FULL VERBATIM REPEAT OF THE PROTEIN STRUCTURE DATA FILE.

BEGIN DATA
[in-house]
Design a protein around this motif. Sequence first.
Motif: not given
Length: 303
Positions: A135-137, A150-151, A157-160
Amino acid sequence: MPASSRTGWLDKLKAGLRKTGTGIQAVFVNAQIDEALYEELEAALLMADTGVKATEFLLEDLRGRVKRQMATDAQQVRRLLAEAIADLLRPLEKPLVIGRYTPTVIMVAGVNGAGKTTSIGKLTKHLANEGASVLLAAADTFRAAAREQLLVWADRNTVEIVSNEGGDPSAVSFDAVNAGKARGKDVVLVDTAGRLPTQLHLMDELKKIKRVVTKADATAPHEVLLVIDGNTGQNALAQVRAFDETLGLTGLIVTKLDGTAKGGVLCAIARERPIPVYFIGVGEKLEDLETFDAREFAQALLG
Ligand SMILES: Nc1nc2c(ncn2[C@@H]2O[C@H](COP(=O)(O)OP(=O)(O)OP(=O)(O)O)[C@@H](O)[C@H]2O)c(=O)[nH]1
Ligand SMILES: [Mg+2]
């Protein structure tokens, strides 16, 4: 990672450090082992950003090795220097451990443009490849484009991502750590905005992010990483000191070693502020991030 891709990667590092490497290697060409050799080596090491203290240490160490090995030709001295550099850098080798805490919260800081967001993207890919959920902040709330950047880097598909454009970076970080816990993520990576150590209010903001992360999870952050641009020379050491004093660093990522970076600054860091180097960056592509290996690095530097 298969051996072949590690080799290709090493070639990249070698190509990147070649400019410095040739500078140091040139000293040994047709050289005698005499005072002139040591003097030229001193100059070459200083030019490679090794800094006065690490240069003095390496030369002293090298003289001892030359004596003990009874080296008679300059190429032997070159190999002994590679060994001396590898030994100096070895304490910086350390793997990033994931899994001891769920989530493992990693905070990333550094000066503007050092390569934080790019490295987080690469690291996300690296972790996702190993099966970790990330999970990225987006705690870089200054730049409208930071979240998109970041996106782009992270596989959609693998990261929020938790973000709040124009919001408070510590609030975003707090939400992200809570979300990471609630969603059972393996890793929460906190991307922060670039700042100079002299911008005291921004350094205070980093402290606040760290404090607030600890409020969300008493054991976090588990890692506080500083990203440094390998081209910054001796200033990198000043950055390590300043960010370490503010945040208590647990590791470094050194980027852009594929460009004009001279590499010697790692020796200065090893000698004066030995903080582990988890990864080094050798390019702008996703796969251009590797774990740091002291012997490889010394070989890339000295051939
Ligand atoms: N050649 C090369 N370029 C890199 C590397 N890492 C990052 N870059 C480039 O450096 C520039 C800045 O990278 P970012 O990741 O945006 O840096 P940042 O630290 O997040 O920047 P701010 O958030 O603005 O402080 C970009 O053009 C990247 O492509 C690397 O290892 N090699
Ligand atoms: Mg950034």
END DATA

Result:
[in-house]
Design a protein around this motif. Sequence first.
Motif: not given
Length: 303
Positions: A135-137, A150-151, A157-160
Amino acid sequence: MPASSRTGWLDKLKAGLRKTGTGIQAVFVNAQIDEALYEELEAALLMADTGVKATEFLLEDLRGRVKRQMATDAQQVRRLLAEAIADLLRPLEKPLVIGRYTPTVIMVAGVNGAGKTTSIGKLTKHLANEGASVLLAAADTFRAAAREQLLVWADRNTVEIVSNEGGDPSAVSFDAVNAGKARGKDVVLVDTAGRLPTQLHLMDELKKIKRVVTKADATAPHEVLLVIDGNTGQNALAQVRAFDETLGLTGLIVTKLDGTAKGGVLCAIARERPIPVYFIGVGEKLEDLETFDAREFAQALLG
Ligand SMILES: Nc1nc2c(ncn2[C@@H]2O[C@H](COP(=O)(O)OP(=O)(O)OP(=O)(O)O)[C@@H](O)[C@H]2O)c(=O)[nH]1
Ligand SMILES: [Mg+2]
């Protein structure tokens, strides 16, 4: 990672450090082992950003090795220097451990443009490849484009991502750590905005992010990483000191070693502020991030 891709990667590092490497290697060409050799080596090491203290240490160490090995030709001295550099850098080798805490919260800081967001993207890919959920902040709330950047880097598909454009970076970080816990993520990576150590209010903001992360999870952050641009020379050491004093660093990522970076600054860091180097960056592509290996690095530097 298969051996072949590690080799290709090493070639990249070698190509990147070649400019410095040739500078140091040139000293040994047709050289005698005499005072002139040591003097030229001193100059070459200083030019490679090794800094006065690490240069003095390496030369002293090298003289001892030359004596003990009874080296008679300059190429032997070159190999002994590679060994001396590898030994100096070895304490910086350390793997990033994931899994001891769920989530493992990693905070990333550094000066503007050092390569934080790019490295987080690469690291996300690296972790996702190993099966970790990330999970990225987006705690870089200054730049409208930071979240998109970041996106782009992270596989959609693998990261929020938790973000709040124009919001408070510590609030975003707090939400992200809570979300990471609630969603059972393996890793929460906190991307922060670039700042100079002299911008005291921004350094205070980093402290606040760290404090607030600890409020969300008493054991976090588990890692506080500083990203440094390998081209910054001796200033990198000043950055390590300043960010370490503010945040208590647990590791470094050194980027852009594929460009004009001279590499010697790692020796200065090893000698004066030995903080582990988890990864080094050798390019702008996703796969251009590797774990740091002291012997490889010394070989890339000295051939
Ligand atoms: N050649 C090369 N370029 C890199 C590397 N890492 C990052 N870059 C480039 O450096 C520039 C800045 O990278 P970012 O990741 O945006 O840096 P940042 O630290 O997040 O920047 P701010 O958030 O603005 O402080 C970009 O053009 C990247 O492509 C690397 O290892 N090699
Ligand atoms: Mg950034």